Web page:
In 2018, Dijon city authorities installed 150 smart parking meters powered by solar cells and wireless communication capabilities to transition to sustainable energy. These parking meters are self-operated with a display screen, keyboard, and payment terminal, offering multiple payment options to the users, while the tickets issued are electronic for quicker transactions.
Aiming to become a carbon-neutral city by 2050, Oslo is reducing its carbon emissions, mostly generated by the mobility sector. To realize this, the city uses green transport networks and encourages the use of electric vehicles, mobile-app based car-sharing schemes for electric fleets, and zero-emission municipal vehicles.
Of the vehicles sold in Oslo, around 30% are electric. And renewable energy is used to fuel the public journeys in zero-emission trains, trams, and metros. To boost car-free livability, the city has remodeled its parking spaces into spaces for benches, green corridors, bike lanes, and stands. Most parking garages have been outfitted with charging points that use a simple booking interface to provide access.
In Oslo, about two-thirds of the municipal land comprises of protected forests, botanical gardens, agricultural areas, and waterways. Primarily, the city is working to reduce carbon emissions by mainstreaming green measures, policies, and strategies in the city’s urban living. Oslo city authorities are also increasing dialogue between the business community and the Climate Agency for best eco-centric practices and policies.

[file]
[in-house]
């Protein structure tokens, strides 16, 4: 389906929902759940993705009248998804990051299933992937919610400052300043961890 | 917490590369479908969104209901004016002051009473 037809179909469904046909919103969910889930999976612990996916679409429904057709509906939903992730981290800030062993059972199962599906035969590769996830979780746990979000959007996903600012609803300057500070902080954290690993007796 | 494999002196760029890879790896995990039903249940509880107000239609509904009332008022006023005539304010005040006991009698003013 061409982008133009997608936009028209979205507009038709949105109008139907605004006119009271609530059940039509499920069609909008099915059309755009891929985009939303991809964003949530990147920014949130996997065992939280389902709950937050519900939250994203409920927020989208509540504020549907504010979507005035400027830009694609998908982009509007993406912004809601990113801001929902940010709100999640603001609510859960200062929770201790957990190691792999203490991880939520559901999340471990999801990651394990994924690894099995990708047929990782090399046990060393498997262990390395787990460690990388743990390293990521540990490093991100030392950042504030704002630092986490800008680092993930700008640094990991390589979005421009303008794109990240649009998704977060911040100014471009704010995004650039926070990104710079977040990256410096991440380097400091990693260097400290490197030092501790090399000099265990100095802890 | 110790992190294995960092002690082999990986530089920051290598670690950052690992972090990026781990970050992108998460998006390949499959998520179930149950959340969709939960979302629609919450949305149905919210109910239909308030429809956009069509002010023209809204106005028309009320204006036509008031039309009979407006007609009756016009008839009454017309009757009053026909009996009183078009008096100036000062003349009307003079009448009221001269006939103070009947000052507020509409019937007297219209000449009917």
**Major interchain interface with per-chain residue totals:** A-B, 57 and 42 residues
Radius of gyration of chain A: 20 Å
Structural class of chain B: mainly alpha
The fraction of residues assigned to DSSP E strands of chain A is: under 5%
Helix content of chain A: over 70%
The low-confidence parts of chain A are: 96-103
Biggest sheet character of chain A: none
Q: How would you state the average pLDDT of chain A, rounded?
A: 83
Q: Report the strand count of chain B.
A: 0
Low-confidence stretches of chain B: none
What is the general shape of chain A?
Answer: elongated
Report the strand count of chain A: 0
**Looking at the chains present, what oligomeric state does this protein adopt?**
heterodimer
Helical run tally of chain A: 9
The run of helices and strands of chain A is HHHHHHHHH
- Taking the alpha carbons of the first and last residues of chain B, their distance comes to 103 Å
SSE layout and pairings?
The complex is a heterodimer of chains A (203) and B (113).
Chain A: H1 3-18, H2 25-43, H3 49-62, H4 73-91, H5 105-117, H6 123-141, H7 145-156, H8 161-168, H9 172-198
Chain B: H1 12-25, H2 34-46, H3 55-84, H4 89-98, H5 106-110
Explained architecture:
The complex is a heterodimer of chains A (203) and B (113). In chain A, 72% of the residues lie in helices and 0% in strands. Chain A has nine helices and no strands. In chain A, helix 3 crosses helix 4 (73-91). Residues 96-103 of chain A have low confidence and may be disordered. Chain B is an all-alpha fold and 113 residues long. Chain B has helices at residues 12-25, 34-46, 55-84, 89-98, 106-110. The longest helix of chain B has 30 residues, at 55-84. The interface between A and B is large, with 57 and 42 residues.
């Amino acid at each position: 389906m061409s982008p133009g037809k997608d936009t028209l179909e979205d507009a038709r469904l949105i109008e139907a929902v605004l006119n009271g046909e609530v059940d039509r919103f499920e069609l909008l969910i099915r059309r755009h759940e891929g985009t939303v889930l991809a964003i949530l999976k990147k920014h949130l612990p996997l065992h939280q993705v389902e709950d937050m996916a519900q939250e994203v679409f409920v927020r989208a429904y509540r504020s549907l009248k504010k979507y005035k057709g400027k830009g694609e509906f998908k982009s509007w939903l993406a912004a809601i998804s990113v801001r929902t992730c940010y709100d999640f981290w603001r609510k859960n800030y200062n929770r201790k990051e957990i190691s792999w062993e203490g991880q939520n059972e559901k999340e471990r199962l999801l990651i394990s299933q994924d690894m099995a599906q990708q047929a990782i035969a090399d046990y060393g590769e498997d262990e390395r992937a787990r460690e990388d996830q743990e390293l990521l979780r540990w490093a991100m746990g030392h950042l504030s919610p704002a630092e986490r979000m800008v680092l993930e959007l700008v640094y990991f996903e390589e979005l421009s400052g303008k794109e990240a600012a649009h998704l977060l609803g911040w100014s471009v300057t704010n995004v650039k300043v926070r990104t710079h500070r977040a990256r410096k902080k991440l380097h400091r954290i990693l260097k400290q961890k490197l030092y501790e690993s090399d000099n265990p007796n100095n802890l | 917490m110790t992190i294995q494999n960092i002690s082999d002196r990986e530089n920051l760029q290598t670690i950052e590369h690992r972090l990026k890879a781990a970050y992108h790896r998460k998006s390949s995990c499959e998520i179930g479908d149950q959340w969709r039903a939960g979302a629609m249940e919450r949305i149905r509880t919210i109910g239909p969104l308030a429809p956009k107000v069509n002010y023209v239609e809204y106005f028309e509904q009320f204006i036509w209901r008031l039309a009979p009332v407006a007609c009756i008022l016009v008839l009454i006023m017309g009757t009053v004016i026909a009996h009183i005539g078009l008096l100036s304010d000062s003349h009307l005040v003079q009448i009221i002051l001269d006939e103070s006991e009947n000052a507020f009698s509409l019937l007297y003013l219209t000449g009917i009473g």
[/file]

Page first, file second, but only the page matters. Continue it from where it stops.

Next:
One of the greenest cities in Europe is, Copenhagen. Growth of the Danish capital is based on a “hedonistic sustainability” principle that integrates urban planning, climate adaptation, green spaces, sustainable mobility, affordable housing, and employment to make a livable and resilient city. Copenhagen’s green infrastructures purport physical avenues where city dwellers gather, play, and socialize, forging stronger social connections.
The city aims to become the first carbon-neutral city by 2025, endorsing redevelopment projects, green future-oriented infrastructure, especially in the mobility sector, to reach the goal. Most buses have switched from diesel to electric while the boats in the city harbor are fueled using electric or solar-powered engines. Its urban transportation policy has systematically prioritized bikes over cars – now,40% of the commutes in the city are made on bicycles.
Copenhagen has been prioritizing the city’s electricity generation and heating systems to achieve carbon transformation. The district heating system uses the waste heat from the power plants to warm up around 98% of the city households. In a move to switch from coal to wind turbines for energy generation, the city plans to install over 100 turbines. As it is, about one-third of the country’s electricity is supplied by the wind turbines.
Copenhagen boasts of three fully automated car parks operating 24×7, thus reducing energy consumption and emissions significantly. Each parking facility has a total of 840 parking spaces to mitigate the city’s parking challenges. And a local team of four technicians is available around the clock for quick servicing of system malfunctions, ensuring regular maintenance and optimum functioning.
Something to Consider
The greenest cities in Europe show how sustainability and economic growth go hand in hand, relying on green and future-proof infrastructure to drive economic, social, and environmental development goals while enhancing revenue.